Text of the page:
Sacramento Regional Transit’s security force coverage on buses and light-rail trains is “inadequate,” putting the agency at risk of not being able to respond quickly enough to emergency calls, especially during evening hours, a review team has concluded.
The panel of outside experts, which conducted a four-day review of the transit agency’s system in late July, recommended RT create a full-time security chief position, develop a stronger “plainclothes” security team for trouble spots, and encourage transit guards to establish a more active presence by interacting more with passengers.
“At least two examples were presented to RT management where the observed guard did not interact with the public or with customers,” the panel wrote in its report to be presented to the RT board on Monday.
The review team said that despite areas for improvement, RT’s policing efforts overall are solid, given budget constraints, and that the agency appears to be serious about creating a safer environment on trains and buses. “RT’s leadership team is committed to the safety of all customers and employees and is proactively working to improve the public perception of safety.”
Sacramento RT officials assembled the six-person panel after two fatal shootings on light-rail trains prompted increased concern among transit users and nonusers about safety, especially aboard light-rail trains. One shooting happened in January apparently between strangers, and another in March when police shot a knife-wielding man. Most calls, RT police say, involve complaints of people smoking, drinking alcohol, or fighting. “Grab and run” thefts of cellphones and tablets are also common complaints.
RT’s peer review team consisted of transit security chiefs from Portland, Ore., and Denver, a security specialist with the American Public Transportation Association, a Los Angeles transit official, a Rancho Cordova police lieutenant and an official with the Downtown Sacramento Partnership.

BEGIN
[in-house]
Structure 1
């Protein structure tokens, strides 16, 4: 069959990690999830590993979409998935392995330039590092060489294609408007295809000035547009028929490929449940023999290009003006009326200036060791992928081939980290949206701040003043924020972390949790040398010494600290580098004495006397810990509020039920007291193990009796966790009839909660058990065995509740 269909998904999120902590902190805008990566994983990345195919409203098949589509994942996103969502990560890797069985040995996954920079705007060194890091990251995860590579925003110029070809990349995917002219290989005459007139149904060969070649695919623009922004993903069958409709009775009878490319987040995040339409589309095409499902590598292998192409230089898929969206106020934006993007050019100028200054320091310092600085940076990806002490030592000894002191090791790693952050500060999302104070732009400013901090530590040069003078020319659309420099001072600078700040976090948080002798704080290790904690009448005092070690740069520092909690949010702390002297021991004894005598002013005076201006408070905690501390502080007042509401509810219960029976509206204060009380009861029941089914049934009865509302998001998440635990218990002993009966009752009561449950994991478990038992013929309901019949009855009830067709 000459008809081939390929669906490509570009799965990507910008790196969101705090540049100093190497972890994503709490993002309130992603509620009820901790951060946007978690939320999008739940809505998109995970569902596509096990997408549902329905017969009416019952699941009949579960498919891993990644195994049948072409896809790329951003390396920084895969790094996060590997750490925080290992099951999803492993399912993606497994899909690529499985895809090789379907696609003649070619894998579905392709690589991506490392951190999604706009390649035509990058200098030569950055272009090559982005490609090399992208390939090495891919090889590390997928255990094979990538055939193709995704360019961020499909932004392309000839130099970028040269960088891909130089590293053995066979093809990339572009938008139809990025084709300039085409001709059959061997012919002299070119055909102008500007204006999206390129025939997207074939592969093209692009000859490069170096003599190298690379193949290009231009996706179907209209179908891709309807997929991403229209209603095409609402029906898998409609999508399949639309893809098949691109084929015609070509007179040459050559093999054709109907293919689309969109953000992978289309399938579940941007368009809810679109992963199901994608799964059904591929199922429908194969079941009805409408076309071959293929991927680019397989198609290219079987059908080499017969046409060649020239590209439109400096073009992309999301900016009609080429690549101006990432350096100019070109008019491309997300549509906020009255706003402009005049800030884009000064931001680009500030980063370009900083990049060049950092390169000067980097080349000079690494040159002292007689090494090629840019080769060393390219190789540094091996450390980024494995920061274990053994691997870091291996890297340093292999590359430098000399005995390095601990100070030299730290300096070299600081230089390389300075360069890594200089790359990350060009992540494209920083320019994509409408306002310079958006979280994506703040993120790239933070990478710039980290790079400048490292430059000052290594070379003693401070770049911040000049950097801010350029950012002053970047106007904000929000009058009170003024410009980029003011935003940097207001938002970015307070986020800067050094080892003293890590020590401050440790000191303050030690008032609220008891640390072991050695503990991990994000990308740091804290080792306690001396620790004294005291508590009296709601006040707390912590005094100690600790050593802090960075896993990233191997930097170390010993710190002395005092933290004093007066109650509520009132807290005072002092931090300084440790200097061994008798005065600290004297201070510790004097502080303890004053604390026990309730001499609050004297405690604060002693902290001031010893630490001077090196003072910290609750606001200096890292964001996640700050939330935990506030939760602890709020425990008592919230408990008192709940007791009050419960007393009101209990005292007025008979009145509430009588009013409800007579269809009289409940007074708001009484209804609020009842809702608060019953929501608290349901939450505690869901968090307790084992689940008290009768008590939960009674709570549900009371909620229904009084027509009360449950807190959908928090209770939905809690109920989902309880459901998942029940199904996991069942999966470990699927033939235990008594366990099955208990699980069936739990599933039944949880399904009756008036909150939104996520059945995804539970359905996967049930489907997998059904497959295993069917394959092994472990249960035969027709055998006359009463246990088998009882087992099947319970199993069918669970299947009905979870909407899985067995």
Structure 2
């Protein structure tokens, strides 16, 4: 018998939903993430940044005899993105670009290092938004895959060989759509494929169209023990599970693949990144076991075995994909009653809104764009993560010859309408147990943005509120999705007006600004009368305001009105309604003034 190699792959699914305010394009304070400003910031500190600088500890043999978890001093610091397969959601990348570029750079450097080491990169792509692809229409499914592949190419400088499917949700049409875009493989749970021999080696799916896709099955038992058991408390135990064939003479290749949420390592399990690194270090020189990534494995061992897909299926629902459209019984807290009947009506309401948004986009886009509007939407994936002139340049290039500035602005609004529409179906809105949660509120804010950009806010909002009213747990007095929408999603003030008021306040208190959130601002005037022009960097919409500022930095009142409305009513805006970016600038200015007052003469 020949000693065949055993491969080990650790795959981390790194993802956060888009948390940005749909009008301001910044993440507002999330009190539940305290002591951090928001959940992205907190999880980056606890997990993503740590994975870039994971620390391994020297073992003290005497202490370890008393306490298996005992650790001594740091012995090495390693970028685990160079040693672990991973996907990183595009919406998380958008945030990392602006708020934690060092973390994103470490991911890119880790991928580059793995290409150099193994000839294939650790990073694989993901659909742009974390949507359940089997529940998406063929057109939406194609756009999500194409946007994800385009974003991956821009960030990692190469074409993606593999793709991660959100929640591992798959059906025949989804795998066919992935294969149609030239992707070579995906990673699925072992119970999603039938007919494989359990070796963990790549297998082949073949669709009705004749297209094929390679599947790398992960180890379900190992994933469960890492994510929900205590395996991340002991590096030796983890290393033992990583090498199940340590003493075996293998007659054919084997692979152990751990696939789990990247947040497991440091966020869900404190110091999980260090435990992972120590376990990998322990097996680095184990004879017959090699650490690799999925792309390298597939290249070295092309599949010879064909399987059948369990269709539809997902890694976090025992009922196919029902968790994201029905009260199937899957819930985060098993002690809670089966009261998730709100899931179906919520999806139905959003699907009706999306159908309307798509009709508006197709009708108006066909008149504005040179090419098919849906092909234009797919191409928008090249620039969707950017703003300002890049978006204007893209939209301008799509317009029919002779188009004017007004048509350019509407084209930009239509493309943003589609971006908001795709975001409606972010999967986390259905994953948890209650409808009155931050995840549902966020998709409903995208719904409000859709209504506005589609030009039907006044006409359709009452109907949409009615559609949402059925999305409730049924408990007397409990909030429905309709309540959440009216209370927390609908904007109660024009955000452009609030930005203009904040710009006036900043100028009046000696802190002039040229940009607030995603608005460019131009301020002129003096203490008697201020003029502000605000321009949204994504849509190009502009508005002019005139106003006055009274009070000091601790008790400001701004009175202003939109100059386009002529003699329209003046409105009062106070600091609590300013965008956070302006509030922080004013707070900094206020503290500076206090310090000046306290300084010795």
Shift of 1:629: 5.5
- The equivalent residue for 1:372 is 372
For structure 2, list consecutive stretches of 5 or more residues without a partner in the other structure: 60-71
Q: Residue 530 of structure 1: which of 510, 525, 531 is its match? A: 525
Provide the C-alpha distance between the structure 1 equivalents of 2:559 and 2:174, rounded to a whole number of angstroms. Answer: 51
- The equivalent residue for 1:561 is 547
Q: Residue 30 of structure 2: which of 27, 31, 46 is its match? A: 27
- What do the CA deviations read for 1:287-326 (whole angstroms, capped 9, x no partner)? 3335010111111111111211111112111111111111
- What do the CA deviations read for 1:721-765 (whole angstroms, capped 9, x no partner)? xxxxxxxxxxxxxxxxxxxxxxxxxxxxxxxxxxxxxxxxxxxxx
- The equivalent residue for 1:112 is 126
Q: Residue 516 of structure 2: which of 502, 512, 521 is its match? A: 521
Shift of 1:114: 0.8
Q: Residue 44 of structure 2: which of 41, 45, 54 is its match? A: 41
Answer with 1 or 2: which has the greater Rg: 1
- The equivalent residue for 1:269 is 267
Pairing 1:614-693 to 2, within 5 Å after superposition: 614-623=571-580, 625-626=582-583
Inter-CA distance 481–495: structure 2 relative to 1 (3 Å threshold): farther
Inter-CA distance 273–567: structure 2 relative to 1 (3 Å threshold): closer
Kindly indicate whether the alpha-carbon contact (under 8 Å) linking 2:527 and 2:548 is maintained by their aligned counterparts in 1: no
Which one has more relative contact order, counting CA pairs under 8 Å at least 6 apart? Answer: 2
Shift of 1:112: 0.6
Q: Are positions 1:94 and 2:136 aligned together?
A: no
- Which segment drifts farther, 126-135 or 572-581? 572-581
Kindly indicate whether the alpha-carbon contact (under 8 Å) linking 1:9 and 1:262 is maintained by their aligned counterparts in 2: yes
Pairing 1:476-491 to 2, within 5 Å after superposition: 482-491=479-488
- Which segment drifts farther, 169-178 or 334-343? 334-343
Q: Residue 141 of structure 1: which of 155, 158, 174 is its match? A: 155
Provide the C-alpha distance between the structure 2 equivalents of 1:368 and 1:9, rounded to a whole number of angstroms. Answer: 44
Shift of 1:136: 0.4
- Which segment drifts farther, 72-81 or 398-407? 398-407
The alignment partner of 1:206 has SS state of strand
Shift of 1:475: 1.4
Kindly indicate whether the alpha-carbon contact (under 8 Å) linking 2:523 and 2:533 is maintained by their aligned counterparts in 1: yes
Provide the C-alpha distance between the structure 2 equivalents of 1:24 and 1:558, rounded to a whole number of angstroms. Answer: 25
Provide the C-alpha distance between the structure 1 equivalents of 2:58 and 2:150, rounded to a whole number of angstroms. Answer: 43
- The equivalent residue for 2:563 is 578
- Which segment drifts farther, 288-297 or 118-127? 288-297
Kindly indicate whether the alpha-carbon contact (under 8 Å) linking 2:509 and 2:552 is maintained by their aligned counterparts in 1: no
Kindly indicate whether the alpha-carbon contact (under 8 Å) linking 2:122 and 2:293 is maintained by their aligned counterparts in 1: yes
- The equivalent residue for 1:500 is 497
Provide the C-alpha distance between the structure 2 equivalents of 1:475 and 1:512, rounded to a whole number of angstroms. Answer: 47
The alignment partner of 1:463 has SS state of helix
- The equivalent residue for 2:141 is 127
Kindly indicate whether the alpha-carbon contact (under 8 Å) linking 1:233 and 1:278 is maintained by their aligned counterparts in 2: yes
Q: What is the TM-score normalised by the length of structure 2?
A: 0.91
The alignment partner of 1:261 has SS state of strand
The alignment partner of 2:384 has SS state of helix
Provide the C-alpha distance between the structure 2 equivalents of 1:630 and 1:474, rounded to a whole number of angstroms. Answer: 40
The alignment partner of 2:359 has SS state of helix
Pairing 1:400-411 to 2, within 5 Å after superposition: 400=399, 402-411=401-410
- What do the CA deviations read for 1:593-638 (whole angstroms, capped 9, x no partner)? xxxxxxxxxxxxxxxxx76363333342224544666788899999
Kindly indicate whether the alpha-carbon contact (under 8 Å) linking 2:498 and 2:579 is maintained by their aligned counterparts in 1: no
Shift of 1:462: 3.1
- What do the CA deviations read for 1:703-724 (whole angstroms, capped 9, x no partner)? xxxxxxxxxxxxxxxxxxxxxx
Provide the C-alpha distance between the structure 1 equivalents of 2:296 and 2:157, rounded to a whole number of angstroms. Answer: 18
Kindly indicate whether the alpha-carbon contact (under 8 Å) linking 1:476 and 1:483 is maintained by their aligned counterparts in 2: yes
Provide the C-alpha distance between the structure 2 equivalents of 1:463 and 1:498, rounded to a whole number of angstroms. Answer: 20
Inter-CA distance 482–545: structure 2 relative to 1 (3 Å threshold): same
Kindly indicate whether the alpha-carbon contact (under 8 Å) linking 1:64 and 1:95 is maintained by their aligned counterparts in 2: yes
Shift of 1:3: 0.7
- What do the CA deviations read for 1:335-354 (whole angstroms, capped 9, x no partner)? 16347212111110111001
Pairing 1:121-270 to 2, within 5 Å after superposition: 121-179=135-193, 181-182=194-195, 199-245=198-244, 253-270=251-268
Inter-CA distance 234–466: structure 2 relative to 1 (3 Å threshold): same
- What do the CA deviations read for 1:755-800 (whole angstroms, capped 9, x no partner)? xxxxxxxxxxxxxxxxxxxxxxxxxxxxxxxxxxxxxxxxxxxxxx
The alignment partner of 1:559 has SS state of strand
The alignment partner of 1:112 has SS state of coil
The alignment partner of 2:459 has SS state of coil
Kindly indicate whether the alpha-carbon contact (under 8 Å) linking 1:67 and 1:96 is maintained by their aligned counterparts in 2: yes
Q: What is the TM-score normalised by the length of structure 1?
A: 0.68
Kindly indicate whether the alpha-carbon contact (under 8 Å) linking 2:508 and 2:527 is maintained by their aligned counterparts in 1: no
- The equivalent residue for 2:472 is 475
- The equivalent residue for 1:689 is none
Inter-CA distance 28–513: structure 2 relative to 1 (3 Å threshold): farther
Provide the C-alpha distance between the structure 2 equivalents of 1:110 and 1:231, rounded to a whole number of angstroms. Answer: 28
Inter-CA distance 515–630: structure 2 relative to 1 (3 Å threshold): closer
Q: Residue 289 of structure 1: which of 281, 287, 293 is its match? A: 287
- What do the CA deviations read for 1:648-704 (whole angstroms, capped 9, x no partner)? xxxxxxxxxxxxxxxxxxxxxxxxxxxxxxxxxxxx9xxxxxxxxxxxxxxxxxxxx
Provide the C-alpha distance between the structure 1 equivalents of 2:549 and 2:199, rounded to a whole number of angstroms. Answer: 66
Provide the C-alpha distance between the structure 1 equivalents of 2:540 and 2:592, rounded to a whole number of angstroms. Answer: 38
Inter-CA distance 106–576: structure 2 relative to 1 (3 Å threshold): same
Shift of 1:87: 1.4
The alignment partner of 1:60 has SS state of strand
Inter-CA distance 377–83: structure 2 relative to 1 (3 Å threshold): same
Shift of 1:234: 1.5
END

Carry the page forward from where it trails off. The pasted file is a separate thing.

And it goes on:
“I want to get to the bottom of what we have, and what we can do better,” RT board Chairman Phil Serna said. Serna rode the rails for a day recently and talked with riders. He said he found the top concern involved convenience issues, but safety was also a major concern, notably at night.
The RT security force includes 28 sworn officers from the Sacramento Police Department and the Sacramento County Sheriff’s Department. A minimum of six patrol the system per work shift, according to the report. RT has begun having those officers spend more of their shift riding the trains. Unarmed private security guards also are employed at stations and on roving patrols on evening trains. RT also posts fare checkers, also known as transit officers, on trains.
Agency data shows those transit officers, and other members of the security force, have typically checked about 10 percent of train riders monthly for valid tickets or passes, but those numbers rose in July to 17 percent.
The review panel acknowledged that RT has expanded and modified its security force, but concluded, “police coverage throughout the service area is still not adequate.” It said the agency doesn’t have enough fare checkers, and can’t compensate with overtime because it lacks funds.
RT Chief Operating Officer Mark Lonergan said the peer review report is the first step in an effort to determine what improvements the agency can make to improve security.
The agency will hold a series of public workshops in November to solicit community comments and concerns. RT officials will assemble a report from those meetings for a board discussion in December or January on the next steps.
“At the end of the day, it is a board decision of how we allocate resources,” Lonergan said.
Other observations from the group:
• Some station cameras cannot view the entire station. In some cases, the problem is vegetation that has grown up, or information boards that create blind spots.
• The agency should create a “See it, hear it, report it,” electronic app that allows users to alert officials to unruly behavior.
• RT should specify areas of stations for ticket-holders only, where possible, so guards can challenge non-ticketed loiterers.
• RT should display a written code of conduct at stations, including noting that ticket-holders are allowed only in “paid fare” zones.
• The agency should improve maintenance at stations.